# Exercise 3.1 - Binsearch function, writing minimum tests inside a loop¶

## Question¶

Our binary search makes two tests inside the loop, when one would suffice (at the price of more tests outside.) Write a version with only one test inside the loop and measure the difference in runtime.

```/* Binsearch function, by writing minimum tests inside the loop ( at the cost of
* more outside)*/

#include <stdio.h>

int binsearch(int x, int v[], int n);

int main(void) {
int arr[] = {2, 4, 6, 7, 9, 29, 45, 46, 49, 50, 51};
printf("%d", binsearch(9, arr, 10));

return 0;
}

int binsearch(int x, int v[], int n) {
int low, high, mid;

low = 0;
high = n - 1;

mid = (low + high) / 2;

while (low < high && x != v[mid]) {
if (x > v[mid])
low = mid + 1;
else
high = mid - 1;

mid = (low + high) / 2;
}

if (x == v[mid])
return mid;
else
return -1;
}
```

## Explanation¶

The program demonstrates a binsearch function which takes element (x) to search for, an array of integers and the length of the array as arguments.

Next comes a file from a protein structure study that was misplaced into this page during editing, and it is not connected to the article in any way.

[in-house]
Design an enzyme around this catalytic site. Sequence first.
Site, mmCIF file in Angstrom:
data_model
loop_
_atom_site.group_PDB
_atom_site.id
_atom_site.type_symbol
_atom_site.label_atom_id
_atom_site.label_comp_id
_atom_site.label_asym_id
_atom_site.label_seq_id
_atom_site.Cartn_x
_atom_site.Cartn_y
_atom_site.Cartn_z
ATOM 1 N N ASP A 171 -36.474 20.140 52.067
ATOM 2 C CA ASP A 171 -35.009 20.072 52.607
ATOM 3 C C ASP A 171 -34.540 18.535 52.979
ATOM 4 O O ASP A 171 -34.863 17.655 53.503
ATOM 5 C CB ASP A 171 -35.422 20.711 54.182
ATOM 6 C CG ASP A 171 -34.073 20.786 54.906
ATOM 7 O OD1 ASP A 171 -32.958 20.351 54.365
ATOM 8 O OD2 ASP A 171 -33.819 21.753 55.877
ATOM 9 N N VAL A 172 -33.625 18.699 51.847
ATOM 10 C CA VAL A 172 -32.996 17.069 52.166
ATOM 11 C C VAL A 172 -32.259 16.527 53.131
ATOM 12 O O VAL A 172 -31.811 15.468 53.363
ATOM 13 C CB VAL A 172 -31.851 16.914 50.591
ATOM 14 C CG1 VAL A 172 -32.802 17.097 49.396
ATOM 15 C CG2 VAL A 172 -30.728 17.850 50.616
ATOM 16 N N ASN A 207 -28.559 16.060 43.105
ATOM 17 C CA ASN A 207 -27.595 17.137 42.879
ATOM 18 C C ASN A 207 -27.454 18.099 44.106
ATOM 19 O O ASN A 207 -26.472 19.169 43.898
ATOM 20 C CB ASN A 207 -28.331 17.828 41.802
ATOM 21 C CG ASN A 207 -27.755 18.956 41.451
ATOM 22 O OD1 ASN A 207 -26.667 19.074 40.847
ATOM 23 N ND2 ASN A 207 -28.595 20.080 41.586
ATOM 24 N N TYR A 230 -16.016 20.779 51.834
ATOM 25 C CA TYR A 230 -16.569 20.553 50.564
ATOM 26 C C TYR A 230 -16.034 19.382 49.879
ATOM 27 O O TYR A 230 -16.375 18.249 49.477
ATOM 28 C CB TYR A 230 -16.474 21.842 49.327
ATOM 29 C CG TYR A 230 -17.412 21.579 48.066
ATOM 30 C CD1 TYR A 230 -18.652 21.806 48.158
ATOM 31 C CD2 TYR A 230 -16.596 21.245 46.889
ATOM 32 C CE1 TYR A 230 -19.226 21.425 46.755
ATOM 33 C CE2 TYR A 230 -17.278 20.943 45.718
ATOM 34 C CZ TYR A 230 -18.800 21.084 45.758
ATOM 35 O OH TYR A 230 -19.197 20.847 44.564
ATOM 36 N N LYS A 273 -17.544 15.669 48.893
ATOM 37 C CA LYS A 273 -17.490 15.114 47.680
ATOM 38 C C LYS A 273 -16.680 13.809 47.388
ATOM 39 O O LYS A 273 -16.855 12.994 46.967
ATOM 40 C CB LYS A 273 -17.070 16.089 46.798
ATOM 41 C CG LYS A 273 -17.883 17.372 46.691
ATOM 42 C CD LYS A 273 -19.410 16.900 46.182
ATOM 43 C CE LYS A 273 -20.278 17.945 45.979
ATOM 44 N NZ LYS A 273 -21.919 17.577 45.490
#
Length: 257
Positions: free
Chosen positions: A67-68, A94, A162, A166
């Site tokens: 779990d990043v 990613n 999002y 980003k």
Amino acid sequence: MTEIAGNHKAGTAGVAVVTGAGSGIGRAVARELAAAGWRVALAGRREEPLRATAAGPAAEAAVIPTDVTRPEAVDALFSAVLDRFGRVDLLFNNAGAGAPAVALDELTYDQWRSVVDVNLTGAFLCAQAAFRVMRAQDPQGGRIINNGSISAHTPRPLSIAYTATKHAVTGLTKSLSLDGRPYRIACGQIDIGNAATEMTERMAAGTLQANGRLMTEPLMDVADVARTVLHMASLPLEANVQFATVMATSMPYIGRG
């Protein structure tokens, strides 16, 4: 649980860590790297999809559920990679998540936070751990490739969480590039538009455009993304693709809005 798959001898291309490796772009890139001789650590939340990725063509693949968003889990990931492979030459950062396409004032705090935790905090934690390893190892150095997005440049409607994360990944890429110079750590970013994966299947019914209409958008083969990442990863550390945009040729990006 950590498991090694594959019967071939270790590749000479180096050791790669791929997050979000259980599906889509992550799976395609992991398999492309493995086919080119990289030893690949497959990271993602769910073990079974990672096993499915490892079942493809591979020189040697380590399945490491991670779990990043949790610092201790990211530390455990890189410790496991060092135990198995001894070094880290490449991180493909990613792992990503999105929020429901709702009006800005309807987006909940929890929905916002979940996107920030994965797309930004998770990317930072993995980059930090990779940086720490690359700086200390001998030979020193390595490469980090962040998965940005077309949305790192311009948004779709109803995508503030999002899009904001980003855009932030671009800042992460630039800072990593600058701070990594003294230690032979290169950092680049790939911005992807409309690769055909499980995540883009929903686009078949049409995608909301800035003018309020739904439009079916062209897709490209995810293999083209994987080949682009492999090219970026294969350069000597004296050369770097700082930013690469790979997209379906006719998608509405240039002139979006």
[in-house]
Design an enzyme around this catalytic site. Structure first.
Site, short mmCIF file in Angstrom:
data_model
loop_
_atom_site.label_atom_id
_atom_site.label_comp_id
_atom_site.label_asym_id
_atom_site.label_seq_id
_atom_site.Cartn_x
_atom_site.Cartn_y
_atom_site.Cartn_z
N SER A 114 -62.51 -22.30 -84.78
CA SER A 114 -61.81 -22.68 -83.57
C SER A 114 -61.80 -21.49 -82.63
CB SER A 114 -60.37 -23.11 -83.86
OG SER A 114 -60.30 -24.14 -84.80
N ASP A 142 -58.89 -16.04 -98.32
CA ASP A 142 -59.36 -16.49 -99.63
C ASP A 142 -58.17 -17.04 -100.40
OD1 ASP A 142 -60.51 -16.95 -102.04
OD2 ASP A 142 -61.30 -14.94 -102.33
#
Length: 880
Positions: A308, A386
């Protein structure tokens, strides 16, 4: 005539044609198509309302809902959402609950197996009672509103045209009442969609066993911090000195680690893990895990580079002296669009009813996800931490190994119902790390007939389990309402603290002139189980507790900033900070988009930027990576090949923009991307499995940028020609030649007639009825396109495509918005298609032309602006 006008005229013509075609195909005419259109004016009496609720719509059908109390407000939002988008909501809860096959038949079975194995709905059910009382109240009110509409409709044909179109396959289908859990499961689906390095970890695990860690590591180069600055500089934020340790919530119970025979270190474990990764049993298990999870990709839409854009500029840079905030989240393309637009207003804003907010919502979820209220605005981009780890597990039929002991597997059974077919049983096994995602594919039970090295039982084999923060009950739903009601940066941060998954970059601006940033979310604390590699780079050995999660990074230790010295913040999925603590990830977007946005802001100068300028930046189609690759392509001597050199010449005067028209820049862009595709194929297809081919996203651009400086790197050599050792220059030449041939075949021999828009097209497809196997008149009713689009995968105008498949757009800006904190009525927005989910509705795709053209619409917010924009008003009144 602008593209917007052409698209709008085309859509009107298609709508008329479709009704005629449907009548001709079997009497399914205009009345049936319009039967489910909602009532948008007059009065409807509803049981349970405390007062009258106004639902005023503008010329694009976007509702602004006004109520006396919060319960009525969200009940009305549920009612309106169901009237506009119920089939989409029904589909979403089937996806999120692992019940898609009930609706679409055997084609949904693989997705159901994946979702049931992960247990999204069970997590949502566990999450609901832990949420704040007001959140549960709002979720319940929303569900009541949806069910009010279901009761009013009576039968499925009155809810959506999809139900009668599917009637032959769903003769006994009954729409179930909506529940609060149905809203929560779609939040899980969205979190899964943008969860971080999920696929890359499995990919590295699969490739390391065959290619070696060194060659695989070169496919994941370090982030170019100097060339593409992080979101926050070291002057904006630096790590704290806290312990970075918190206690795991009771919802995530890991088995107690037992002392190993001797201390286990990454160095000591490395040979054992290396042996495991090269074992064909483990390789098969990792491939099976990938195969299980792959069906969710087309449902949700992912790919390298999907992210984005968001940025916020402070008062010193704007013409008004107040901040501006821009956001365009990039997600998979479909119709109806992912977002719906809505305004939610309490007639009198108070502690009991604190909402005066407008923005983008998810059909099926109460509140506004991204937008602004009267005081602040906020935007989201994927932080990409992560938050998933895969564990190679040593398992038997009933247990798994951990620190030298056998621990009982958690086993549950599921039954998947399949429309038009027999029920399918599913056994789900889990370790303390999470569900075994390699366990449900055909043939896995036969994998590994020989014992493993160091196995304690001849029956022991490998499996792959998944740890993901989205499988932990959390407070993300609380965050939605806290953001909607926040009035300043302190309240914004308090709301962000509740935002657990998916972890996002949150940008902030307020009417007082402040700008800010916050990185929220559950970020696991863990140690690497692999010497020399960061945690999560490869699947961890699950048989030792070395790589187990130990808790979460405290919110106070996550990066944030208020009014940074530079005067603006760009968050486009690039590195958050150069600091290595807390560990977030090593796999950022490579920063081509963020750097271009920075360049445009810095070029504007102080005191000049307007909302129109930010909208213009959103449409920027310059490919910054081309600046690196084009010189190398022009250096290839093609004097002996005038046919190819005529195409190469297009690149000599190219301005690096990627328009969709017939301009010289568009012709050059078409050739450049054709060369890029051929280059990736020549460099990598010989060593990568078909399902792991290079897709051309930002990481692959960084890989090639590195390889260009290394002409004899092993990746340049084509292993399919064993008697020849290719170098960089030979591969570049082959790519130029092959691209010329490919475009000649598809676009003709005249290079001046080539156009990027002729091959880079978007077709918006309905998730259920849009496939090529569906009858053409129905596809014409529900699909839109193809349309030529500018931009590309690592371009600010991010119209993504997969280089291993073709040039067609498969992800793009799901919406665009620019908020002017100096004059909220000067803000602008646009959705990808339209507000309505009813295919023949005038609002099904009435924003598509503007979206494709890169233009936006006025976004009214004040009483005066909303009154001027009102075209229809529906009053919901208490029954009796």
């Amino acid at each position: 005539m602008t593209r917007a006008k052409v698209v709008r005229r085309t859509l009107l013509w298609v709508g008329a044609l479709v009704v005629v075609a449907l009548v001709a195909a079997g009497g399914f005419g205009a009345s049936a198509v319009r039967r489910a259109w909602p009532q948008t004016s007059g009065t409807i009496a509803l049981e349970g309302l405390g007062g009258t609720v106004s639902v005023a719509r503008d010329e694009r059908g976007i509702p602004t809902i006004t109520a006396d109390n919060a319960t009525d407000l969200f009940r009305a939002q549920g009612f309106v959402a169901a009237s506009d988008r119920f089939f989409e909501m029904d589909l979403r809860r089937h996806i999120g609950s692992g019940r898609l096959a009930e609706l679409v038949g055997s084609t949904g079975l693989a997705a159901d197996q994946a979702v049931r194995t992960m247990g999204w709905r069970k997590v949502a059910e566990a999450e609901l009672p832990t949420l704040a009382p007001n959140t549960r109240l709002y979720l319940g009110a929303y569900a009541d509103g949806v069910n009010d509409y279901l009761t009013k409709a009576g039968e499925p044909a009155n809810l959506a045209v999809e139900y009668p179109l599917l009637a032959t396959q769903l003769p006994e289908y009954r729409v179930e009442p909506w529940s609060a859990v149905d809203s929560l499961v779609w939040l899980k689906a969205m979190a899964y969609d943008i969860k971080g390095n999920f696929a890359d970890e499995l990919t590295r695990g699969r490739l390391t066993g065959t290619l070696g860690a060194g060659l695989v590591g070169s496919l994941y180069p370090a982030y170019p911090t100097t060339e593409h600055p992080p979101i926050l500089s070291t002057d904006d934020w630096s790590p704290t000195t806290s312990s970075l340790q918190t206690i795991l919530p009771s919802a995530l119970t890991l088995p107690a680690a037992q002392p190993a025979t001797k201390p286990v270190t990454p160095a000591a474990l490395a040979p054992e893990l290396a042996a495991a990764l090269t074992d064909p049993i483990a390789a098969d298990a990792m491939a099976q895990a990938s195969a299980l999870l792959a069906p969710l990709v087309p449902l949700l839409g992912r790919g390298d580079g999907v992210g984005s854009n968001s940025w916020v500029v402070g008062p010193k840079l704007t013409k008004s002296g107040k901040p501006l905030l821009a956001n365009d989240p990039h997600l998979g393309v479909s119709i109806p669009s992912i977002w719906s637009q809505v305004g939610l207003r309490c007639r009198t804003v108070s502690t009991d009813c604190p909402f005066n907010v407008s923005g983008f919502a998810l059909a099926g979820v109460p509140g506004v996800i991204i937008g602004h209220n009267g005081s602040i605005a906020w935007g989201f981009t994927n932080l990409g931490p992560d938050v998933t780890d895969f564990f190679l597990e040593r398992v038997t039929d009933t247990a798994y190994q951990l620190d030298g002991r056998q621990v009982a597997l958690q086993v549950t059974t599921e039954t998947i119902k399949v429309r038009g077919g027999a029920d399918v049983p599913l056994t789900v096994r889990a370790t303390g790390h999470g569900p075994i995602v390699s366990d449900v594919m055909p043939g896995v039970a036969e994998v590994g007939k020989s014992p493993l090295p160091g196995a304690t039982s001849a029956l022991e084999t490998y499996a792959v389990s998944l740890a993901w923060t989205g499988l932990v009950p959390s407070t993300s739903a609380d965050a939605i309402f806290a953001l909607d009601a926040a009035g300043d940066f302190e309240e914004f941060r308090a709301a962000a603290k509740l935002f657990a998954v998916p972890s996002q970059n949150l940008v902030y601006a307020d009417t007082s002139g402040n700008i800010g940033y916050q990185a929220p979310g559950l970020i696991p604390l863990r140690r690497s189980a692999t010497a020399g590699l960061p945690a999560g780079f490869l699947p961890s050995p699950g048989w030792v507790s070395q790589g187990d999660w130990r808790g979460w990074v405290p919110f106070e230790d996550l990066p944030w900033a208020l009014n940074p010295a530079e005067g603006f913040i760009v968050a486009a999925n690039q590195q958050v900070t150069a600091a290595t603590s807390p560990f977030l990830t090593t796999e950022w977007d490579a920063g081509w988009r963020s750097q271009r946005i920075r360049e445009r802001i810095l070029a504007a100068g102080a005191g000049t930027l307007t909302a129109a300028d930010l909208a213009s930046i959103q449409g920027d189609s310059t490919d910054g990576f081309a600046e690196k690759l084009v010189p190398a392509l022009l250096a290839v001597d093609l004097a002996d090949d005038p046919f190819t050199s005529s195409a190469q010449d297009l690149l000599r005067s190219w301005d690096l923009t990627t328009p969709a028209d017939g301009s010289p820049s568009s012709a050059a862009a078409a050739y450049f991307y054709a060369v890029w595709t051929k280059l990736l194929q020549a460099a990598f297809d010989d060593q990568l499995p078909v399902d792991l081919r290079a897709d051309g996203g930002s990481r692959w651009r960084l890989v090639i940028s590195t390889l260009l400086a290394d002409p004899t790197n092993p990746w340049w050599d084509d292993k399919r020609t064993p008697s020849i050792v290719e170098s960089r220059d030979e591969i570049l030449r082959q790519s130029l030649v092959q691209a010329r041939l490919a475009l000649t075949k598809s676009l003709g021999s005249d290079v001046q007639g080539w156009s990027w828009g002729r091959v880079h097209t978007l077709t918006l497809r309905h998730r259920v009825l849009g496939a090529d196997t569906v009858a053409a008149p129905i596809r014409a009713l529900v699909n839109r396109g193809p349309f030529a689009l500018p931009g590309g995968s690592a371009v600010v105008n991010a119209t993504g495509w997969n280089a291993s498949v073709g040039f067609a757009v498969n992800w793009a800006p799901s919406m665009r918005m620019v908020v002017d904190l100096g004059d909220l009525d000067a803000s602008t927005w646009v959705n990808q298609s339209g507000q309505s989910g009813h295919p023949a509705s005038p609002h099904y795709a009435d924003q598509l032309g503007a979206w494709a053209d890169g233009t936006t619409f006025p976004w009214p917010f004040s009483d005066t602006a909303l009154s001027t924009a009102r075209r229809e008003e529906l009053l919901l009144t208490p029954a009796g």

The program determines the position of the element(x) by doing a binary search. Binary search can only be used for sorted arrays. Program compares search element (x) with mid element of the given array. If mid element is greater than search element then search continues among the rest of the elements towards left of current mid element. Search continues in similar fashion. If found, program returns the position of search element in the array.

In the example above search element is 9. Program returns 4 which is the position of search element